Youth sport organizations often rely on parent volunteers to coach the league’s teams. Despite the lack of experience many of these volunteers have, without their generosity of time and spirit kids would not have the opportunity to learn and play a sport.
If you are in this position, avoid overwhelm and instead focus on the 11 tips found in this document for first-time coaches. These may be the difference maker for you to enjoy the experience!
Tips include pre-season advice like letting your child know you’re considering coaching and being clear on your own goals. Putting some thought in before the season begins will help direct your strategy for practice and game planning.
This list also includes tricks of the trade like welcoming all kids to practice by name to make them feel important, and facing the sun when you talk in team huddles. These may seem like small adjustments, but they make a big difference when you’re dealing with young impressionable players, with short attention spans.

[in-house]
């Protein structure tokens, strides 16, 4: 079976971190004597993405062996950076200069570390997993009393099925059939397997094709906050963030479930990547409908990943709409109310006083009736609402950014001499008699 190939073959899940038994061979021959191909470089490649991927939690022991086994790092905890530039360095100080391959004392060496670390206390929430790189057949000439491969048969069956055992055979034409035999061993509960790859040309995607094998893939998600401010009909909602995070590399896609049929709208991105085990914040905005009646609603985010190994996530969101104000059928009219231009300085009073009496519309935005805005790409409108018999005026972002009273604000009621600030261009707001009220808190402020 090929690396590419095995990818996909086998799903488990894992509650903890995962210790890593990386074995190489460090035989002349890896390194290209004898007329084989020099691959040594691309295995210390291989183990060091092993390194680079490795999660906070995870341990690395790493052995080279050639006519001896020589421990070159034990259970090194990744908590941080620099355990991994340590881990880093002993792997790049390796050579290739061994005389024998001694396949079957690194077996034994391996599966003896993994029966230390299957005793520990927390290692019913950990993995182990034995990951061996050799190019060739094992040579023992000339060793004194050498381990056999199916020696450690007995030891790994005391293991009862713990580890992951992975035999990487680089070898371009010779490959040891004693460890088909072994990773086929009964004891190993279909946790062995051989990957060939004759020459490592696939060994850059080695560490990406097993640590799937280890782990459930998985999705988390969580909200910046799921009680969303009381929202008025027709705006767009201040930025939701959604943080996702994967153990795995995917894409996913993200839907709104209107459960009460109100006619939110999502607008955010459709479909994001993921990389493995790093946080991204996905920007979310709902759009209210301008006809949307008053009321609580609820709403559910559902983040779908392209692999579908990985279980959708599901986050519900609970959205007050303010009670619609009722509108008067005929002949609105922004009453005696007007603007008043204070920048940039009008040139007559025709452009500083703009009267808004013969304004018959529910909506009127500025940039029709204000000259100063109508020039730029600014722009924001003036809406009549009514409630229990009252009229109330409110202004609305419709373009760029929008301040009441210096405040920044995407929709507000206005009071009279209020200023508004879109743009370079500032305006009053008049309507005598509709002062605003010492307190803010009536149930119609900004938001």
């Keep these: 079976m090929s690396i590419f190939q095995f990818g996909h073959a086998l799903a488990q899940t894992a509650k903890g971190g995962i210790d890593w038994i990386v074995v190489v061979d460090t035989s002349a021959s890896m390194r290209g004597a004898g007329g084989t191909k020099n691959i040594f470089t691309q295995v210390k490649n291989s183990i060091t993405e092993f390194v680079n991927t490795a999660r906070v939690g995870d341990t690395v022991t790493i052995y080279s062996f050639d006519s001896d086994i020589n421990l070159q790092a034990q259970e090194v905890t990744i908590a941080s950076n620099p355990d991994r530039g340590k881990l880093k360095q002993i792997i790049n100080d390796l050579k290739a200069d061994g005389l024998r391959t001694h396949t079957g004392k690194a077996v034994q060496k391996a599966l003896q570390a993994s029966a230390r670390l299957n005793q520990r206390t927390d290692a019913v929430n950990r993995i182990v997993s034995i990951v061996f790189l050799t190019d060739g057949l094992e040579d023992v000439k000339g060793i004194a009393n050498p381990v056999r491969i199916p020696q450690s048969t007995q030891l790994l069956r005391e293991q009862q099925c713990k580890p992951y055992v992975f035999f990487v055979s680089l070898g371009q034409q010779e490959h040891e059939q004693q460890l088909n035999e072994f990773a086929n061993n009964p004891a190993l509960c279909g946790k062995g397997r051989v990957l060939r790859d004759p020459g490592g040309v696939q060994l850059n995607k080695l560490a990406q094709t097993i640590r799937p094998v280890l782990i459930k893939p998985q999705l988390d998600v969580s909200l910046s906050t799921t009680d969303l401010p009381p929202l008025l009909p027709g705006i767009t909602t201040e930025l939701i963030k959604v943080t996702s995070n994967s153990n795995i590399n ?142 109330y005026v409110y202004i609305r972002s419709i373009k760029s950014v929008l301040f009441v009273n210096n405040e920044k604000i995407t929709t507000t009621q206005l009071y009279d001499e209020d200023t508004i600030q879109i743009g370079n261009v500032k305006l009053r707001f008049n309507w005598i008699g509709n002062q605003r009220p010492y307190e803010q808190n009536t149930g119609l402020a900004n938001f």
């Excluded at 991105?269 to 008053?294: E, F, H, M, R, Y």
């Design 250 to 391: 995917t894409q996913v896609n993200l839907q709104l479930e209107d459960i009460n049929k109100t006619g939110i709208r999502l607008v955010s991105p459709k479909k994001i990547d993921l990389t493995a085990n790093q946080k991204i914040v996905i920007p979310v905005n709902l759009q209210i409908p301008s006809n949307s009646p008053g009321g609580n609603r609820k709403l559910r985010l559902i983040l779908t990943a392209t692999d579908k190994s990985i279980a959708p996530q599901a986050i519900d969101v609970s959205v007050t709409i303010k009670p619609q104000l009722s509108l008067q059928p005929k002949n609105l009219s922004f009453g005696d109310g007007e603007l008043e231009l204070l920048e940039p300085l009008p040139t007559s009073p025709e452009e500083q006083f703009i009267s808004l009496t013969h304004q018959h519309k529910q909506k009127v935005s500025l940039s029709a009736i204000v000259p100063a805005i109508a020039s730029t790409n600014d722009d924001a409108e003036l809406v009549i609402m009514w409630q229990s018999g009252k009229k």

Finally, don’t forget that this can be hard! First-time coaches are often confronted with a harder-than-expected experience. Don’t get discouraged, give yourself a break and remain positive with yourself. Find other coaches and workshops to learn from, and remember how important a role you’re playing in the lives of young athletes.
Positive Coaching Alliance develops BETTER ATHLETES, BETTER PEOPLE through resources for youth and high school sports coaches, parents, administrators and student-athletes. In addition to 1,000+ free audio-video and printable tips and tools atPCADevZone.org, PCA has partnered with roughly 3,000 schools and youth sports organizations nationwide to deliver live group workshops, online courses and books that help those involved in youth and high school sports create a positive, character-building youth sports culture.